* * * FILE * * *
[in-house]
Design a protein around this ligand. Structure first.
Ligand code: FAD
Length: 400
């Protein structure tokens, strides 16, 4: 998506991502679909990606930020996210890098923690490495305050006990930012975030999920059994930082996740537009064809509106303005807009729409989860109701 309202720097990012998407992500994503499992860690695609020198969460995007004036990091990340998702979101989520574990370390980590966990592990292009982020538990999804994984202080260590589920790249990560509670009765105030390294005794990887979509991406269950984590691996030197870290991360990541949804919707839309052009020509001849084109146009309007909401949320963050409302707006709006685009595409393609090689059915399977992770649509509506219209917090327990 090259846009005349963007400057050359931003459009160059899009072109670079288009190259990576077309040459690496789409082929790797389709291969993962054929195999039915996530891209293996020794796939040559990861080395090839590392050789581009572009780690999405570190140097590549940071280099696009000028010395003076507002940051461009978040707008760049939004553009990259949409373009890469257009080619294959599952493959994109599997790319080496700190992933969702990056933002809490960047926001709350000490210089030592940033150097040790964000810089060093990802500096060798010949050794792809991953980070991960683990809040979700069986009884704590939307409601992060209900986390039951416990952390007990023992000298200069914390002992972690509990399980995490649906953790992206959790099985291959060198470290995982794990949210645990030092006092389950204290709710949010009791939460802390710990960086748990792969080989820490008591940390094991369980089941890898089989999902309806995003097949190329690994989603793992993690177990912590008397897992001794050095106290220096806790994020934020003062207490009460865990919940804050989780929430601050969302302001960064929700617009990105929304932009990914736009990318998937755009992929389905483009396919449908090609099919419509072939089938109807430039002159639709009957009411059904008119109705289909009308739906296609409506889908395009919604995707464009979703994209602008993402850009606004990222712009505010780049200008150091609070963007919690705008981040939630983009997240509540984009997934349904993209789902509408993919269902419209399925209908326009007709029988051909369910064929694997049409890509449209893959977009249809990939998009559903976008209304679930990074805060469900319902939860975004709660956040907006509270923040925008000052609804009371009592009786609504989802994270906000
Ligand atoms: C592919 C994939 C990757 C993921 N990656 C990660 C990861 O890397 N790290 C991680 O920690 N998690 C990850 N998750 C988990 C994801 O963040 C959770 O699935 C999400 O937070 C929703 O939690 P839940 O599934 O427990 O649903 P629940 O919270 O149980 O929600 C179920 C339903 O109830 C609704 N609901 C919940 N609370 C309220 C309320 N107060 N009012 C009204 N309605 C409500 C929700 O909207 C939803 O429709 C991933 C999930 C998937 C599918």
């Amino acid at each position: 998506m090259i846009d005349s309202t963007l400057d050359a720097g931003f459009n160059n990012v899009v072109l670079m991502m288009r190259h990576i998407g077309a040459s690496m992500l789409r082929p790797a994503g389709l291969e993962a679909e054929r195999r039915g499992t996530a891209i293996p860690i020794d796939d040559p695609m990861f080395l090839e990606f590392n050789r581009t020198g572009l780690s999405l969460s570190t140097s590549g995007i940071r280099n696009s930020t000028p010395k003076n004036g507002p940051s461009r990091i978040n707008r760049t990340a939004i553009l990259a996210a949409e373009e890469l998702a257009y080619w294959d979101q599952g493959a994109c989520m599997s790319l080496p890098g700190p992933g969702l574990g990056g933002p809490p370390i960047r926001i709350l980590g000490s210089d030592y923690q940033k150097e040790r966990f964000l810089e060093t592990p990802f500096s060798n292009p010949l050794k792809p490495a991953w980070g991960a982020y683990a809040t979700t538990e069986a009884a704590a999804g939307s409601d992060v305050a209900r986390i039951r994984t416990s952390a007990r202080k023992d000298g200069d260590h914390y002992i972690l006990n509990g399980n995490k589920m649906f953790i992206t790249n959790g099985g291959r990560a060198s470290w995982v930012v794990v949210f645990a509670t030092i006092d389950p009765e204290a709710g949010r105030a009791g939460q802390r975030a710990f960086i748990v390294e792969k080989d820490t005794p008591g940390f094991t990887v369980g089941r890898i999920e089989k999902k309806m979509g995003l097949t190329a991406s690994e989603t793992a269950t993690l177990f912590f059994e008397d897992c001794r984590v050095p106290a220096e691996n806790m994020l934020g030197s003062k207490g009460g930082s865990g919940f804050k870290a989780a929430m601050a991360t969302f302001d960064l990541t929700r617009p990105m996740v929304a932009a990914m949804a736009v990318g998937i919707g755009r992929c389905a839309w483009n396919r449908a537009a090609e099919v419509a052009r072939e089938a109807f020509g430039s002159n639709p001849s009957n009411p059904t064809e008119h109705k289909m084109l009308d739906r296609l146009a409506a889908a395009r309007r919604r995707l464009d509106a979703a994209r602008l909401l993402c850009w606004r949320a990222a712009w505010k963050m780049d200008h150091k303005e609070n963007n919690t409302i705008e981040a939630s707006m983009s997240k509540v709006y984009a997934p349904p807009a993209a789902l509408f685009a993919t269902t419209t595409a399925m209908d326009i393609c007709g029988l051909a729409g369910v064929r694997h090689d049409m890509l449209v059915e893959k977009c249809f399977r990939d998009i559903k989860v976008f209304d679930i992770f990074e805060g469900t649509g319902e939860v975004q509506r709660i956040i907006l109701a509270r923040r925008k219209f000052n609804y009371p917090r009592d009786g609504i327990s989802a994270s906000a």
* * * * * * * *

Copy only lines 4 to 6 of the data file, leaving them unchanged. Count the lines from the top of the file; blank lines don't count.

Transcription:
Length: 400
């Protein structure tokens, strides 16, 4: 998506991502679909990606930020996210890098923690490495305050006990930012975030999920059994930082996740537009064809509106303005807009729409989860109701 309202720097990012998407992500994503499992860690695609020198969460995007004036990091990340998702979101989520574990370390980590966990592990292009982020538990999804994984202080260590589920790249990560509670009765105030390294005794990887979509991406269950984590691996030197870290991360990541949804919707839309052009020509001849084109146009309007909401949320963050409302707006709006685009595409393609090689059915399977992770649509509506219209917090327990 090259846009005349963007400057050359931003459009160059899009072109670079288009190259990576077309040459690496789409082929790797389709291969993962054929195999039915996530891209293996020794796939040559990861080395090839590392050789581009572009780690999405570190140097590549940071280099696009000028010395003076507002940051461009978040707008760049939004553009990259949409373009890469257009080619294959599952493959994109599997790319080496700190992933969702990056933002809490960047926001709350000490210089030592940033150097040790964000810089060093990802500096060798010949050794792809991953980070991960683990809040979700069986009884704590939307409601992060209900986390039951416990952390007990023992000298200069914390002992972690509990399980995490649906953790992206959790099985291959060198470290995982794990949210645990030092006092389950204290709710949010009791939460802390710990960086748990792969080989820490008591940390094991369980089941890898089989999902309806995003097949190329690994989603793992993690177990912590008397897992001794050095106290220096806790994020934020003062207490009460865990919940804050989780929430601050969302302001960064929700617009990105929304932009990914736009990318998937755009992929389905483009396919449908090609099919419509072939089938109807430039002159639709009957009411059904008119109705289909009308739906296609409506889908395009919604995707464009979703994209602008993402850009606004990222712009505010780049200008150091609070963007919690705008981040939630983009997240509540984009997934349904993209789902509408993919269902419209399925209908326009007709029988051909369910064929694997049409890509449209893959977009249809990939998009559903976008209304679930990074805060469900319902939860975004709660956040907006509270923040925008000052609804009371009592009786609504989802994270906000
Ligand atoms: C592919 C994939 C990757 C993921 N990656 C990660 C990861 O890397 N790290 C991680 O920690 N998690 C990850 N998750 C988990 C994801 O963040 C959770 O699935 C999400 O937070 C929703 O939690 P839940 O599934 O427990 O649903 P629940 O919270 O149980 O929600 C179920 C339903 O109830 C609704 N609901 C919940 N609370 C309220 C309320 N107060 N009012 C009204 N309605 C409500 C929700 O909207 C939803 O429709 C991933 C999930 C998937 C599918």